The U.S. Congress adjourned for the Thanksgiving holiday recess on the verge of authorizing for the first time the space exploration vision outlined by U.S. President George W. Bush in January 2004.

Having already passed bills providing NASA’s 2006 funding and easing a five-year-old law that stood in the way of buying Russian hardware for the international space station, lawmakers are within striking distance of one more key item on the civil-space agenda: passage of the first NASA Authorization Act since 2000.

The Senate and the House of Representatives already have passed their own versions of the legislation — S. 1281 and H.R. 3070 respectively — and intend to meet in December to negotiate a final version that can be sent to the White House to be signed into law.

NASA officials say they are pleased that both versions of the bill endorse the space exploration vision and give the agency some of the tools and policies it needs to carry it out, including authority to award cash prizes worth $10 million or more to spur technological innovations.

But between the two versions NASA has some concerns , not the least of which is the number of reports — some 50 in all — that the agency would be required to submit to Congress. NASA Administrator Mike Griffin outlined his concerns in a 15-page letter to Sen. Kay Bailey Hutchison (R-Texas), chairman of the Senate Commerce science and space subcommittee. A copy of the Nov. 10 letter was obtained by Space News.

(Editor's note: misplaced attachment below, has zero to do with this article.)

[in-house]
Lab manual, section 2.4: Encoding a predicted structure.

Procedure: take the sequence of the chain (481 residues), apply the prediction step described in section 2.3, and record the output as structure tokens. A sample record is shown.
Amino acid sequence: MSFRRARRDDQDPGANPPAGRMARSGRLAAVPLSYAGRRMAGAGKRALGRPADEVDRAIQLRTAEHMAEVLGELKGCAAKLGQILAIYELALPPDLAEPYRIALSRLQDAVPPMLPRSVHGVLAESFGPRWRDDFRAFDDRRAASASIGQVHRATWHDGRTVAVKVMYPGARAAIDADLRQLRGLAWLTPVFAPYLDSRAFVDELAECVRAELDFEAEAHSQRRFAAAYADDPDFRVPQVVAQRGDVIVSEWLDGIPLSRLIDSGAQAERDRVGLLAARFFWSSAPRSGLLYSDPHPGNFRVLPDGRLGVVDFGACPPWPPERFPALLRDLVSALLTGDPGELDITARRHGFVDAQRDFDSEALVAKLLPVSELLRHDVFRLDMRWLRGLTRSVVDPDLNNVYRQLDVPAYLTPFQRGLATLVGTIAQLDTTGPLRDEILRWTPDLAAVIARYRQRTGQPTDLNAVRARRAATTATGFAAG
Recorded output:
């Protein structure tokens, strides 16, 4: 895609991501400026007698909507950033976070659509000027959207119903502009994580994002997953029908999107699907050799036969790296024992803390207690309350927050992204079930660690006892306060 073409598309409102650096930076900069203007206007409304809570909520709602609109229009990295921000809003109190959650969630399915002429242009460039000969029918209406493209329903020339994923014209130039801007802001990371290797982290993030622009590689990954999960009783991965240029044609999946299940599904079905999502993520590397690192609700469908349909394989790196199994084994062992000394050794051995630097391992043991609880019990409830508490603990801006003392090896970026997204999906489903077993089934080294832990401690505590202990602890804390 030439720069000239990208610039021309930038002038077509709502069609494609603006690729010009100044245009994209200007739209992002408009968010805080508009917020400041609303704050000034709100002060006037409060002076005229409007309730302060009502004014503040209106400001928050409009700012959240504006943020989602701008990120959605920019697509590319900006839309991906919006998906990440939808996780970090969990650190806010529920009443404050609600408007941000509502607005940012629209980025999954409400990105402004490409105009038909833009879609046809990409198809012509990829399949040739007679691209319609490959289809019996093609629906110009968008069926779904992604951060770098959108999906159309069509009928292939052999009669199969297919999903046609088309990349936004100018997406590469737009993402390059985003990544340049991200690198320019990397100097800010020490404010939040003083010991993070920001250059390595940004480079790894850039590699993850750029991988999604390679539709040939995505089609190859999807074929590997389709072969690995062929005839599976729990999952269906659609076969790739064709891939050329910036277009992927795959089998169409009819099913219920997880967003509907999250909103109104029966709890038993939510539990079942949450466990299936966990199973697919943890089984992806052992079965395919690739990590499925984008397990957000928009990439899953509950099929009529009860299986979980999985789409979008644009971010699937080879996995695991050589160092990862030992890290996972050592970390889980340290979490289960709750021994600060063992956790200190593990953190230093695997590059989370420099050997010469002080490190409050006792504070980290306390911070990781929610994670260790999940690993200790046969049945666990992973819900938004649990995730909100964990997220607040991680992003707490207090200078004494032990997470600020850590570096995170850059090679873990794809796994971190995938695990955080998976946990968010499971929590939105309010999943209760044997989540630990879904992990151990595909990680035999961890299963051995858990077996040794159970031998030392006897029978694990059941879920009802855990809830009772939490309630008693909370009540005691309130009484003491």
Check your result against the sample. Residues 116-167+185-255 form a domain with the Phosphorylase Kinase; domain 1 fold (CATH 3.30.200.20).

“NASA believes that there are elements of both H.R. 3070 and S. 1281 that will be helpful in achieving the agency’s goals,” Griffin wrote. “However, other elements of each bill would be severely detrimental to NASA’s ability to carry out the space policy and program outlined by the President.”

Chief among Griffin’s concerns are provisions in both bills that would require NASA to complete a space station that delivers on longstanding promises about crew size, scientific capabilities and research priorities .